Written by John Davidson
Whisper it quietly – the horror in the Hunter is over.
Newcastle’s four rounds in 2020 show this a vastly different team to previous years, and their tag as the competition’s whipping boys is over. After four rounds the Knights are unbeaten, with three wins and a draw, sit second on the ladder and on Sunday they deservedly defeated last year’s grand finalists Canberra.
They are tough, talented and hard to beat. This is the best Newcastle side since Wayne Bennett’s team in 2013, that made it just one game from a grand final.
In the past seven years the Knights have not made the semi-finals once, cycled through four coaches and won three wooden spoons. They were easybeats, soft and undermanned.
They were frankly dreadful.
There looked to be light at the end of the tunnel in 2019 when Newcastle went on a winning streak and were poised for a finals appearance. But they folded like a cheap suit in the final third of the season, and that spelled the end of Nathan Brown’s four years at McDonald Jones Stadium.
Brown had rebuilt the squad and recruited some elite operators like Mitchell Pearce, Kalyn Ponga, David Klemmer, Aidan Guerra and Tim Gladsby, all Origin representatives. But in the end the 46-year-old just couldn’t get Newcastle to perform consistently, he appeared too easy and friendly with the playing group.
Enter rookie Adam O’Brien. Schooled under Craig Bellamy, Brad Arthur and Trent Robinson, O’Brien has toughened the Knights up considerably. They are more committed and determined, and are showing courage previously found wanting. Standards have risen tremendously.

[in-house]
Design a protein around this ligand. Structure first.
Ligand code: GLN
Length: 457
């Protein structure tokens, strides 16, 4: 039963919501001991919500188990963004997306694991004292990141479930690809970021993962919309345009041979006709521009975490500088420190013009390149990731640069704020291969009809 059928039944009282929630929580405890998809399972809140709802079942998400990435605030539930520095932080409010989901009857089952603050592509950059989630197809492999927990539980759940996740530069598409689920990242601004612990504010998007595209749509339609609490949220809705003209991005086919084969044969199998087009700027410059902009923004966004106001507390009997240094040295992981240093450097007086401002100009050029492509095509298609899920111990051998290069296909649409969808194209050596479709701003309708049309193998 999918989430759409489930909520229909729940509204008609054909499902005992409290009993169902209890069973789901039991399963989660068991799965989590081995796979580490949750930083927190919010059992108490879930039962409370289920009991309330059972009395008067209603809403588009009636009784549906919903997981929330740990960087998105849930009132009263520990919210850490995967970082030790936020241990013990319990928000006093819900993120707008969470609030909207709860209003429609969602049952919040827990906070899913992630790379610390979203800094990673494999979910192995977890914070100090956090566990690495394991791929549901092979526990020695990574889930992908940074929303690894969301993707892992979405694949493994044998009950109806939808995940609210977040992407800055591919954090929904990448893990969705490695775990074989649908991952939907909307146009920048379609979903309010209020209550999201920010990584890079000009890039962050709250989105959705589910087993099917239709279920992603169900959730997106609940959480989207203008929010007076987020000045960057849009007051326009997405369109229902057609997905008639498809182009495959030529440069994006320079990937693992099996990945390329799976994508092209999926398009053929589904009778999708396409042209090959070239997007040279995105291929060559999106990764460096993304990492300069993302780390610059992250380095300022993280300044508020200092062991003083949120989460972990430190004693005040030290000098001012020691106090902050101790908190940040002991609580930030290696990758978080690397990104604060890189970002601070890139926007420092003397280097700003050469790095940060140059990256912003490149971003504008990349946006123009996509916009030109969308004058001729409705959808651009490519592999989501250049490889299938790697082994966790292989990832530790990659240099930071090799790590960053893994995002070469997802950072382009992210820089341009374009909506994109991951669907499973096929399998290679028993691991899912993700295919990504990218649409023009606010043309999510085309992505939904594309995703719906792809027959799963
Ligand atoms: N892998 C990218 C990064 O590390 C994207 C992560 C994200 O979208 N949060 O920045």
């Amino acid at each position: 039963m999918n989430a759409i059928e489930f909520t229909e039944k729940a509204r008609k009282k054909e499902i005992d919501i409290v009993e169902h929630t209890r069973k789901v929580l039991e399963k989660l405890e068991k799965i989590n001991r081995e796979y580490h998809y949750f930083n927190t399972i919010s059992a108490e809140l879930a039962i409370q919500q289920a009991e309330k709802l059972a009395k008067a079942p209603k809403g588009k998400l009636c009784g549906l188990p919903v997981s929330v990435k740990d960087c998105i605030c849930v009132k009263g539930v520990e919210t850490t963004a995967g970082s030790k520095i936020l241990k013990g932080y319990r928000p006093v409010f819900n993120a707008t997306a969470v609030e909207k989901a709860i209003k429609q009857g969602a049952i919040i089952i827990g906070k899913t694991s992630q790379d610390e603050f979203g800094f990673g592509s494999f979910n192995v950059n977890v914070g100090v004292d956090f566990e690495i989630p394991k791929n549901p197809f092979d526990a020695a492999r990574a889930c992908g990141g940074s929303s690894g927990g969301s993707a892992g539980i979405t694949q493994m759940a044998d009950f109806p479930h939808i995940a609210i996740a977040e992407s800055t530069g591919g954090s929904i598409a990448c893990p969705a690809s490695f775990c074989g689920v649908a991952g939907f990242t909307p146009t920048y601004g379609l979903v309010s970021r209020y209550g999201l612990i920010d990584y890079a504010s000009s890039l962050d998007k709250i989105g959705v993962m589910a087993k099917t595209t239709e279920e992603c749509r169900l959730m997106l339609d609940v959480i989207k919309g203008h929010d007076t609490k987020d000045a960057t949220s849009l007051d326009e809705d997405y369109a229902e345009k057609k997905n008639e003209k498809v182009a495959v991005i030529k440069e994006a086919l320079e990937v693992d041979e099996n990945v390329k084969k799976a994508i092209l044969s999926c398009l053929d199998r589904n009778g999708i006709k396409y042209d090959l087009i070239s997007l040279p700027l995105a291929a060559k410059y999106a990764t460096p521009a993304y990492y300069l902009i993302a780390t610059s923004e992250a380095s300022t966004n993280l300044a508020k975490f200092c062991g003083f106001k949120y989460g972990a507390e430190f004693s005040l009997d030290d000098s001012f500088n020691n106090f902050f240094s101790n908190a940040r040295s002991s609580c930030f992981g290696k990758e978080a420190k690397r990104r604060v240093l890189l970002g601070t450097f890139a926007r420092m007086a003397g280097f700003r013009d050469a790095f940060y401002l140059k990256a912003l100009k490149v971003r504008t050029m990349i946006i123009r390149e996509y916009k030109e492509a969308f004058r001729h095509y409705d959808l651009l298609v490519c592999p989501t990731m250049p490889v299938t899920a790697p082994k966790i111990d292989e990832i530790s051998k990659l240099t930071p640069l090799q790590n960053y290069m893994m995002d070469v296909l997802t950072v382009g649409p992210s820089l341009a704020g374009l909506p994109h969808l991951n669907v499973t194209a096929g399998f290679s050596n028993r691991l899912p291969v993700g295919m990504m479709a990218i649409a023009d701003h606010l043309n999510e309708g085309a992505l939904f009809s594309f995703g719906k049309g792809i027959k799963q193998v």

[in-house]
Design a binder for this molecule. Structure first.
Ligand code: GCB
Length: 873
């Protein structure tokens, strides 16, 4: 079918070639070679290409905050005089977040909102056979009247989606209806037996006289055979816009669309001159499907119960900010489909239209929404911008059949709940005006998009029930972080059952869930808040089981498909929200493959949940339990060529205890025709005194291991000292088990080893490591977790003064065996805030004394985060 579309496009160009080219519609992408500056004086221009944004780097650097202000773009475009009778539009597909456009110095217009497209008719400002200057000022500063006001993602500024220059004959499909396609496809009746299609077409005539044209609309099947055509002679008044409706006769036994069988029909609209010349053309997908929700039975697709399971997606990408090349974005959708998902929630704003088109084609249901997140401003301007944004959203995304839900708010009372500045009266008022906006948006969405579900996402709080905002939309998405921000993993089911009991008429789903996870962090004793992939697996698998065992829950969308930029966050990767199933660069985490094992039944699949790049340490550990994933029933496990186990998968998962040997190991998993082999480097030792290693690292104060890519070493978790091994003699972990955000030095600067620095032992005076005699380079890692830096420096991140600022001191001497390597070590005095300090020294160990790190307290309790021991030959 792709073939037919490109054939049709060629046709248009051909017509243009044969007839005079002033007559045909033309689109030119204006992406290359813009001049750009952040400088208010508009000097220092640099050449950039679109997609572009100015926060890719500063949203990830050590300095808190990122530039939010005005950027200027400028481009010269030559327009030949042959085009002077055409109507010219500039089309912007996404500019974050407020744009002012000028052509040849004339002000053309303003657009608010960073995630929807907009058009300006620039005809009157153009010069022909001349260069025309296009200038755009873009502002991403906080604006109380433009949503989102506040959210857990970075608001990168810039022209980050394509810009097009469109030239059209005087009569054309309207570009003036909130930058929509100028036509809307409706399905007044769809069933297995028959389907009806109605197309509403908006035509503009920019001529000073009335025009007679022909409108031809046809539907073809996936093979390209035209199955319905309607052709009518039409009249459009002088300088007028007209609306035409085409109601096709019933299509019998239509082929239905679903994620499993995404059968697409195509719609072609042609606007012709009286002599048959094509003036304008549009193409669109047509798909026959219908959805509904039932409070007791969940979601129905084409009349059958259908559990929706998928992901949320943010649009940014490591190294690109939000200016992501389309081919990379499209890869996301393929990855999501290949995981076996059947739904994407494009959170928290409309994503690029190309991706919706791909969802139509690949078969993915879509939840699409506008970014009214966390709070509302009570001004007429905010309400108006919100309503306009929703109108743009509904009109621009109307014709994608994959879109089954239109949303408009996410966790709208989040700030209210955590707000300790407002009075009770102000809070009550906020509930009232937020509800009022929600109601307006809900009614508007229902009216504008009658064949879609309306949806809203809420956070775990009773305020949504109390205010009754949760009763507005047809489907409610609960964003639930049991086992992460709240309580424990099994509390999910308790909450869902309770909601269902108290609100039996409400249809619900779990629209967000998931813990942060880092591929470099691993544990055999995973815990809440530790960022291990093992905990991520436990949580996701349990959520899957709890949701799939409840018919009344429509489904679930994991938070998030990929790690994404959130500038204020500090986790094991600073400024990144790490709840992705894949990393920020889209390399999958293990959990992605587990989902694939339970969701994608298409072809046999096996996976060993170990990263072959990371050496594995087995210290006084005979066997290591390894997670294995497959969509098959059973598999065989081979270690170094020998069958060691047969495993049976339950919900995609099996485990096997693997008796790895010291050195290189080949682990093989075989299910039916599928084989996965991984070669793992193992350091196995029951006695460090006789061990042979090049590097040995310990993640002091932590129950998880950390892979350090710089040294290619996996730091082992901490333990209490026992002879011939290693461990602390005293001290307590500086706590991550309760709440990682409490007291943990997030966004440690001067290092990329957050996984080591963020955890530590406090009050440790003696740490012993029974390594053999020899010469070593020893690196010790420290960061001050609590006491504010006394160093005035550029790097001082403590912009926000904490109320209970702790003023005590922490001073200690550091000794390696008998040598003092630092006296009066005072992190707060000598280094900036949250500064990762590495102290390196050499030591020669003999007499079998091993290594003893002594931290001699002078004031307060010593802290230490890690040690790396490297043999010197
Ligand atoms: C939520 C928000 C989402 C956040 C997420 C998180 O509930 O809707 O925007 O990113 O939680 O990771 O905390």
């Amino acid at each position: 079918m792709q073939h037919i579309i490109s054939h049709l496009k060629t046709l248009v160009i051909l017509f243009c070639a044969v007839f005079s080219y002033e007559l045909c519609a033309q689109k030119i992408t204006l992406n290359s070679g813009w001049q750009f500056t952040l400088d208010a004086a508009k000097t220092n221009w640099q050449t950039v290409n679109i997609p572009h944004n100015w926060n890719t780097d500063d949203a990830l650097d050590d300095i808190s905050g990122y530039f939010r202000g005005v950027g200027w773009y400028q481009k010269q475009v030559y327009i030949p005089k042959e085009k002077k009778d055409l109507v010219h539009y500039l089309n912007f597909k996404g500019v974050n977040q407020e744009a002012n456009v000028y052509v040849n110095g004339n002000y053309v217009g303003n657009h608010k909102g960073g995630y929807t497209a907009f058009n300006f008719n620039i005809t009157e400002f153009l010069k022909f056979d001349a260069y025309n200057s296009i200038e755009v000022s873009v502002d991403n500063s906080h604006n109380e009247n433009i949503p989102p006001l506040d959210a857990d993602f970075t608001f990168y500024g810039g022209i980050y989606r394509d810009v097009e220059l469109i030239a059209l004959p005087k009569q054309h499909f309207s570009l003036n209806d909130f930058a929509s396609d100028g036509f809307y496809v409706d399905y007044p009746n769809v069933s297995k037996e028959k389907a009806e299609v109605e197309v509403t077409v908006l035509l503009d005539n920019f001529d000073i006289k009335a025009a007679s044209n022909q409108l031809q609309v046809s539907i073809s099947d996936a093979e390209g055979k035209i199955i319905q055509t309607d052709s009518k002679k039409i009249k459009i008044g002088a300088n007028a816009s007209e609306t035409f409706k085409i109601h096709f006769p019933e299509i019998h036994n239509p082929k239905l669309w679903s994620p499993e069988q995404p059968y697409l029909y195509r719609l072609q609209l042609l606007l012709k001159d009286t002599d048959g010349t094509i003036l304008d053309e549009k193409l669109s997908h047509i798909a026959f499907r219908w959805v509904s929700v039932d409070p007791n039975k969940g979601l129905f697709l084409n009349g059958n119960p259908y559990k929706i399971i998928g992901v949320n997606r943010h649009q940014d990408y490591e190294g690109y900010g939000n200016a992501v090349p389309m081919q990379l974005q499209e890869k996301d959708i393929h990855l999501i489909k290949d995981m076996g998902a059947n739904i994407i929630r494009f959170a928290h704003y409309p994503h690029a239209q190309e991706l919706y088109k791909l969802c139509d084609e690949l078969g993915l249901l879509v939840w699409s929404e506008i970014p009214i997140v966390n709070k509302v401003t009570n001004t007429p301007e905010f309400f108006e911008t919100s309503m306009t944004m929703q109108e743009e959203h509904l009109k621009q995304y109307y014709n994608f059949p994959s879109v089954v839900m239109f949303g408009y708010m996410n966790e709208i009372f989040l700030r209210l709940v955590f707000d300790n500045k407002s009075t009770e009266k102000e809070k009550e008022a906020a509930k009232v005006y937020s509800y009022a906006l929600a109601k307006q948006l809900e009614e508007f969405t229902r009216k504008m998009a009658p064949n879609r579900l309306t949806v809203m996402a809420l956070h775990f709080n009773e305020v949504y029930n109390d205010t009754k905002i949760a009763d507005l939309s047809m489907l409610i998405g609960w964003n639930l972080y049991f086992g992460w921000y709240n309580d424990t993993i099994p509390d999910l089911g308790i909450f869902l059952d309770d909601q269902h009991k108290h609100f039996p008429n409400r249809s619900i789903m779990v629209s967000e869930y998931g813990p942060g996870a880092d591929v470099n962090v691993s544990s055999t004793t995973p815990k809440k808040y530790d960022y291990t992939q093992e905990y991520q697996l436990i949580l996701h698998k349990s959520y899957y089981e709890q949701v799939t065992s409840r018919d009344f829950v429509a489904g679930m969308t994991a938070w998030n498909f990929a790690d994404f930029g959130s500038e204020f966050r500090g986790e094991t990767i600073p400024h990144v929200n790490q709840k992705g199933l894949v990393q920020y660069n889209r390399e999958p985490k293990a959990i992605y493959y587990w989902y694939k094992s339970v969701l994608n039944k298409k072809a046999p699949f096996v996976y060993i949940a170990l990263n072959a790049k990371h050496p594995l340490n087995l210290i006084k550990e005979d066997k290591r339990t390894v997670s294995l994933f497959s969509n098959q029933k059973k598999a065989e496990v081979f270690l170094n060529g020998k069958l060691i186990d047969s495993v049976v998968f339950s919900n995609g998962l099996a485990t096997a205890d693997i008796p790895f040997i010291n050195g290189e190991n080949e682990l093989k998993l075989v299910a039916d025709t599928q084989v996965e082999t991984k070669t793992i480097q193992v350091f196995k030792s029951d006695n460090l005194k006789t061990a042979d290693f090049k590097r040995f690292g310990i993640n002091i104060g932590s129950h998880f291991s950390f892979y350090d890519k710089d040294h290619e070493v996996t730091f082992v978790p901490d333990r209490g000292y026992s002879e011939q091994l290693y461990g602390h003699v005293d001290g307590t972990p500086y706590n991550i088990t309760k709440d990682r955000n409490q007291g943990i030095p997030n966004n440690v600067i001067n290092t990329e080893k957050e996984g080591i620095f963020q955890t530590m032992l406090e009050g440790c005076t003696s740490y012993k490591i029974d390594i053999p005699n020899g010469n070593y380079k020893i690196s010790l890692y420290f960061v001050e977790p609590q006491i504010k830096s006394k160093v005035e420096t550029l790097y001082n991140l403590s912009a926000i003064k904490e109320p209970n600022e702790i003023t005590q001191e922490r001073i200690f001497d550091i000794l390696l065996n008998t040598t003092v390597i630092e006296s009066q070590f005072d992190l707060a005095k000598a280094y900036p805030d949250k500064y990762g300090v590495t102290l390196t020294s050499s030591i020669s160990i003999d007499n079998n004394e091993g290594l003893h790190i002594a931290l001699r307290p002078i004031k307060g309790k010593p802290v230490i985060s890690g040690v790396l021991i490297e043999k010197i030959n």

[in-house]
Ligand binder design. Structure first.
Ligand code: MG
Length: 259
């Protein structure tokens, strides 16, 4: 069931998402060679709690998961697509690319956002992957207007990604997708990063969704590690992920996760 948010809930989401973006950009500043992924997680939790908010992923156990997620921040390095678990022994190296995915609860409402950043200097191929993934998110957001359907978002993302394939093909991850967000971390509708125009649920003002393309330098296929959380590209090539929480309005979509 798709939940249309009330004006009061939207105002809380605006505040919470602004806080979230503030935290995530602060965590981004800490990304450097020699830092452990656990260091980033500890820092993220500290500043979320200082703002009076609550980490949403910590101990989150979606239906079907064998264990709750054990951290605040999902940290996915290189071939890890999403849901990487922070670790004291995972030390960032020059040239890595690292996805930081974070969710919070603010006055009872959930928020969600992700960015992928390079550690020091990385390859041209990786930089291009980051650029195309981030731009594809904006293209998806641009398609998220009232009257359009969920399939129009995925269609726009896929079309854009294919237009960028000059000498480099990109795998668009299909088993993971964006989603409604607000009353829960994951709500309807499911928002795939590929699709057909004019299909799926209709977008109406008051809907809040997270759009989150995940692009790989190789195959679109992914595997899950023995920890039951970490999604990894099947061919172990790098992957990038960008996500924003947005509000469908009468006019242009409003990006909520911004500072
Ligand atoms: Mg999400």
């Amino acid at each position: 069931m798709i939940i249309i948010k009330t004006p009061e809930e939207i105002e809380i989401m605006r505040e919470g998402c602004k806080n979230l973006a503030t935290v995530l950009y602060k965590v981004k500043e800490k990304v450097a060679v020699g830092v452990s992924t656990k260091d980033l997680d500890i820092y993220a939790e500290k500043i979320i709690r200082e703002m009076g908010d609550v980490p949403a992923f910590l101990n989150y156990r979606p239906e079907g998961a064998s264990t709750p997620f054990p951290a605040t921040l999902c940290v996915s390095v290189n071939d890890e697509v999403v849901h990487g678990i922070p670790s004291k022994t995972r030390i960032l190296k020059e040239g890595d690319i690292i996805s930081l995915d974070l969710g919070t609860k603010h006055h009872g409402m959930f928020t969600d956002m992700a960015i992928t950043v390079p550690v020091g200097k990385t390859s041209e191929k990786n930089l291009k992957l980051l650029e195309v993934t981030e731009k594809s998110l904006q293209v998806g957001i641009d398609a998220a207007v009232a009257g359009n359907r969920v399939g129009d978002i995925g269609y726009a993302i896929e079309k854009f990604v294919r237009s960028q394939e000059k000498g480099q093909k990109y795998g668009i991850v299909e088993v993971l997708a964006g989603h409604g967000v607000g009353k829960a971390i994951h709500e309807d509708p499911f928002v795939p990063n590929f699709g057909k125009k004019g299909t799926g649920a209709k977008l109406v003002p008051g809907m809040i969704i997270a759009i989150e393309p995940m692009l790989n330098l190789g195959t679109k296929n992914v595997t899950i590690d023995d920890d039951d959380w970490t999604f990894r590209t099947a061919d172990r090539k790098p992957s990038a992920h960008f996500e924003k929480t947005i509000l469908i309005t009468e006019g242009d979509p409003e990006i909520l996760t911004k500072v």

Newcastle have a good spine in Ponga, Pearce and Jayden Brailey. They have a pack with punch in Klemmer, Gladsby, Lachlan Fitzgibbon, the Saifiti brothers, Mitchell Barnett and Herman Ese’ese.
But perhaps most importantly, considering the history of Knights, is the core of local juniors they have coming through.
Woke up smiling 💪
— Newcastle Knights (@NRLKnights) June 7, 2020
Bradman Best, Phoenix Crossland, Pasami Saulo, Tex Hoy, Chris Randall and Brodie Jones are all quality young products from the Hunter region in the red and blue. Combined with the likes of Sione Mata’utia, Fitzgibbon, the Saifitis and Barnett, this presents an exciting local contingent that Newcastle can really be proud of.
Knights supporters, arguably more than any other side in the competition, love to see their own turn out for their club. Since 1988 the NRL outfit has been built on the blood, sweat and tears of local talent. Think Paul Harragon, the Johns brothers, the Gidley’s, Adam Muir, Darren Albert, Billy Peden, Timana Tahu, Mark Hughes, Josh Perry and Steve Simpson.
Whenever Newcastle have been successful, in 1997 and 2001, there have been locals at the heart of it. Driving standards, making the big plays, doing the hard stuff no one else wants to do it. Now the club has another clutch of crafty Hunter cattle at its centre again.
There’s still plenty of footy to be played this season. Lot’s of twists and turns to come. But for the Knights, a new dawn is emerging.
The pain of all those spoons is set to disappear. The signs are there that a bright new age is descending on Broadmeadow.